Gary and his wife, Naomi, welcome me with such warmth. Naomi is a great dessert chef, she bakes me brownies and serves me tea – but not Chinese tea. English tea. Gary proudly shows off his vodka bar, a symbol of his Russian heritage. 

As they walk me through the apartment, Gary points to the different pieces in his art collection, and tells me the stories behind them – how he acquired them, the histories that inform them, their significance as symbols. And I begin to notice what he said on our first meeting, that being a great musician requires more than a focus on music alone, but an immersion in art. Not just the art of classical music, but world art.

In the middle of Gary’s living room are two grand pianos. 

After our first lesson he informs me that I’m to learn a challenging new piano concerto each week. When I pause to look up from the keys, I see Carnegie Hall across the street, framed by the window – it excites me, and it taunts me. I stare at it in awe. It’s exactly where I want to be. And it’s right there, almost within reach. 

GUNATILLAKE: Again, let’s sit with Lang Lang, this time as he dreams of performing in Carnegie Hall. Here on the piano stool working hard, but alive and alert, let’s echo that in our own posture. Upright, energized but also with our spine relaxed and hands soft.

 LANG LANG: Some teachers I study with in the past keep their students to themselves. They never let me play in front of other teachers. They always feel they know the most, that their approach is the right one. Gary is the complete opposite. He wants me to play for masters like Leon Fleischer and Claude Frank.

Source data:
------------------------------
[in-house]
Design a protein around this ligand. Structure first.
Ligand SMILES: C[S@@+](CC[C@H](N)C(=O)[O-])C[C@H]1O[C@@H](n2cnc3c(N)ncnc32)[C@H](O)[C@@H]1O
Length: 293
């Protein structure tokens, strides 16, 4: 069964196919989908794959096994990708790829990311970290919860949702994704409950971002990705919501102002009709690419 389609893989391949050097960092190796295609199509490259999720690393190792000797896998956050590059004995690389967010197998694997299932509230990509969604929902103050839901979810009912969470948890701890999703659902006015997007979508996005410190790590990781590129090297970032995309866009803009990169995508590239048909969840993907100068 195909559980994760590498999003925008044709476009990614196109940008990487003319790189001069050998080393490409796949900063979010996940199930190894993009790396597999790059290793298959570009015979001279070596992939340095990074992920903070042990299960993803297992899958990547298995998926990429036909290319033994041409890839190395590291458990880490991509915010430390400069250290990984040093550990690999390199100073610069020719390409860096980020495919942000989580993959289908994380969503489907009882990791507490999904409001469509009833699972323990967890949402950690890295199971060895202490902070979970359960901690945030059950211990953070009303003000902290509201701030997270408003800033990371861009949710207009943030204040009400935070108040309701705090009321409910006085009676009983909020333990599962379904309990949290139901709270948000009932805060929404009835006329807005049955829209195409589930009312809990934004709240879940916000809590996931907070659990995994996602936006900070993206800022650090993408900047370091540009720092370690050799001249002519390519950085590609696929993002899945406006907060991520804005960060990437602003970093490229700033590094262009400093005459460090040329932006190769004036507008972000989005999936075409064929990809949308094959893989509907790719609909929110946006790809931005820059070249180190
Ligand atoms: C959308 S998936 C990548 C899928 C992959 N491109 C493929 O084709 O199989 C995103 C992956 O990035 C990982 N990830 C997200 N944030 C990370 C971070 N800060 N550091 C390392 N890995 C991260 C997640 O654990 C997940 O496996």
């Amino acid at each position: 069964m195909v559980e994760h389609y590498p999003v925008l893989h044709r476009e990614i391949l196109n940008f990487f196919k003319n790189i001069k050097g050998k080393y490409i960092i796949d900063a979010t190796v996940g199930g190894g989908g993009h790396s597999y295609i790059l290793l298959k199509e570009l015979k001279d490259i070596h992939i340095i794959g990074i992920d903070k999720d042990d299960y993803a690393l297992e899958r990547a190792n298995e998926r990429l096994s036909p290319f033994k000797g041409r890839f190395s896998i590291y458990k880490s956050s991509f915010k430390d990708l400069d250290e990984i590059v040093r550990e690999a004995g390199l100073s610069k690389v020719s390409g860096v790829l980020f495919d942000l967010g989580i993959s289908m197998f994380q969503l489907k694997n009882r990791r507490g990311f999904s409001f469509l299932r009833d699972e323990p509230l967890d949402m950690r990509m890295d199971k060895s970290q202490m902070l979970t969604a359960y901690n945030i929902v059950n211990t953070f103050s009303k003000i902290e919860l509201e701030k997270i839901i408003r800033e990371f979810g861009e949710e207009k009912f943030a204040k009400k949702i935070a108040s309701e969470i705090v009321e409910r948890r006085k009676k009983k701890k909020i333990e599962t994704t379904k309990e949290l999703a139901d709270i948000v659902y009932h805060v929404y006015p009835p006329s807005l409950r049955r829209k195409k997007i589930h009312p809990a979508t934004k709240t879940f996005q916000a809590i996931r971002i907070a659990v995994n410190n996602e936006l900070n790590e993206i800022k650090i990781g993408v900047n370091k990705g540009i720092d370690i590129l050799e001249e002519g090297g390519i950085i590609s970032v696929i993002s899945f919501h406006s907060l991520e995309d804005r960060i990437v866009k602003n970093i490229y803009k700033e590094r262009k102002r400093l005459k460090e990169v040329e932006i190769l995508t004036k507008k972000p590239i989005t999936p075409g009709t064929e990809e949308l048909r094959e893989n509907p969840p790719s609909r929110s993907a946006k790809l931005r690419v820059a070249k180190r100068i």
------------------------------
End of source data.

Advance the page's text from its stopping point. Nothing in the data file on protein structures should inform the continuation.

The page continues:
One Saturday afternoon, Gary and Naomi throw a party for me. Gary wants to introduce me to his friends, great conductors, musicians, and orchestra managers. “I want you to hear Lang Lang,” he tells them. “I want you to give him advice. I don’t want him to only hear from me. I want him to learn from a variety of great musicians.” 

I’ve barely been in America for a few months. I sip raspberry juice, I avoid Gary’s vodka, and I play. The keys feel weightless under my fingers. The sound of the piano echoes across the apartment. Everyone watches, but it’s only Carnegie Hall that I feel staring back at me.   

Gary’s perspective is that every great musician has certain specialties. Like how a restaurant has a signature dish. There is not only one way to Rome, there are a million ways to get to your final destination. 

When I come to America I play mostly Western classical music. French music, I know well. German, Russian, that’s what I was taught growing up. But I don’t know Spanish music, so Gary shows me Granados, De Falla, and then Hungarian music, South American music. He even has me sit with a student of his who loves rock and roll, which he admits to not understanding at all. Even so, Gary insists that it’s important I expose myself to everything – that I take in as much as I can. He wants me to observe, listen and learn so that I can find my own way to think.  

One Saturday, as I’m practicing, Gary hands me a book of Chinese music. “This is your history,” he tells me. “There are some interesting pieces that you may want to learn. Audiences in America will be interested in discovering Chinese music; it can be something completely fresh and different.”

Being in Gary’s orbit continues to unlock a connection to my own culture. 

GUNATILLAKE: Sometimes it does take another to help us remember what matters to us. When Lang Lang talks here of better connecting to his culture, what comes to mind for you? Getting better at making a famous family dish? Reading that book you keep on putting off? Take a moment to reflect on what it is for you and make the intention to do what you need to to make it happen.